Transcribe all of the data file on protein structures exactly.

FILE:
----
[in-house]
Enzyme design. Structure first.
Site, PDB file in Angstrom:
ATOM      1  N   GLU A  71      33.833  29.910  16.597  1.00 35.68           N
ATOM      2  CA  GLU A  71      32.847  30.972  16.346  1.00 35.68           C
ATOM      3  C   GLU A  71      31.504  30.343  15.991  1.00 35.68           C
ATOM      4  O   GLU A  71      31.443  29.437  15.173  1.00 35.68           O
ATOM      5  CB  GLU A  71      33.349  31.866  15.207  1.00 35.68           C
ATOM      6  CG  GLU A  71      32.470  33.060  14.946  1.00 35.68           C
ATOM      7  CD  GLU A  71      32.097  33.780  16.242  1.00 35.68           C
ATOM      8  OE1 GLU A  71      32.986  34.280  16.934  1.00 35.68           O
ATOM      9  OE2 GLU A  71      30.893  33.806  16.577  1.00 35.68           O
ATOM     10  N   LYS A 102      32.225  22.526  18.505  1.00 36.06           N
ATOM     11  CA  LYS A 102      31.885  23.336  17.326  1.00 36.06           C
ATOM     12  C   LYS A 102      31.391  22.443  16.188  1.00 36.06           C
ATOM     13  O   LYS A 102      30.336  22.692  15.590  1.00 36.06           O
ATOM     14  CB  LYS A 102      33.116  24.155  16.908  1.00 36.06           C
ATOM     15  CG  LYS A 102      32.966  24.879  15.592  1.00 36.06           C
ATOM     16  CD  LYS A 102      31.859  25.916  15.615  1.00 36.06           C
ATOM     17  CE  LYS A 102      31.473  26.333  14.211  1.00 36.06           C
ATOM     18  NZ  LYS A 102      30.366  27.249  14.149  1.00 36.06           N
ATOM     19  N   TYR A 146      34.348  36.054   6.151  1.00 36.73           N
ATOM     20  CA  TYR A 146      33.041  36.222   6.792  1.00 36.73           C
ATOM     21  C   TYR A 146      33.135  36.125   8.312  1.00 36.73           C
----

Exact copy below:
[in-house]
Enzyme design. Structure first.
Site, PDB file in Angstrom:
ATOM      1  N   GLU A  71      33.833  29.910  16.597  1.00 35.68           N
ATOM      2  CA  GLU A  71      32.847  30.972  16.346  1.00 35.68           C
ATOM      3  C   GLU A  71      31.504  30.343  15.991  1.00 35.68           C
ATOM      4  O   GLU A  71      31.443  29.437  15.173  1.00 35.68           O
ATOM      5  CB  GLU A  71      33.349  31.866  15.207  1.00 35.68           C
ATOM      6  CG  GLU A  71      32.470  33.060  14.946  1.00 35.68           C
ATOM      7  CD  GLU A  71      32.097  33.780  16.242  1.00 35.68           C
ATOM      8  OE1 GLU A  71      32.986  34.280  16.934  1.00 35.68           O
ATOM      9  OE2 GLU A  71      30.893  33.806  16.577  1.00 35.68           O
ATOM     10  N   LYS A 102      32.225  22.526  18.505  1.00 36.06           N
ATOM     11  CA  LYS A 102      31.885  23.336  17.326  1.00 36.06           C
ATOM     12  C   LYS A 102      31.391  22.443  16.188  1.00 36.06           C
ATOM     13  O   LYS A 102      30.336  22.692  15.590  1.00 36.06           O
ATOM     14  CB  LYS A 102      33.116  24.155  16.908  1.00 36.06           C
ATOM     15  CG  LYS A 102      32.966  24.879  15.592  1.00 36.06           C
ATOM     16  CD  LYS A 102      31.859  25.916  15.615  1.00 36.06           C
ATOM     17  CE  LYS A 102      31.473  26.333  14.211  1.00 36.06           C
ATOM     18  NZ  LYS A 102      30.366  27.249  14.149  1.00 36.06           N
ATOM     19  N   TYR A 146      34.348  36.054   6.151  1.00 36.73           N
ATOM     20  CA  TYR A 146      33.041  36.222   6.792  1.00 36.73           C
ATOM     21  C   TYR A 146      33.135  36.125   8.312  1.00 36.73           C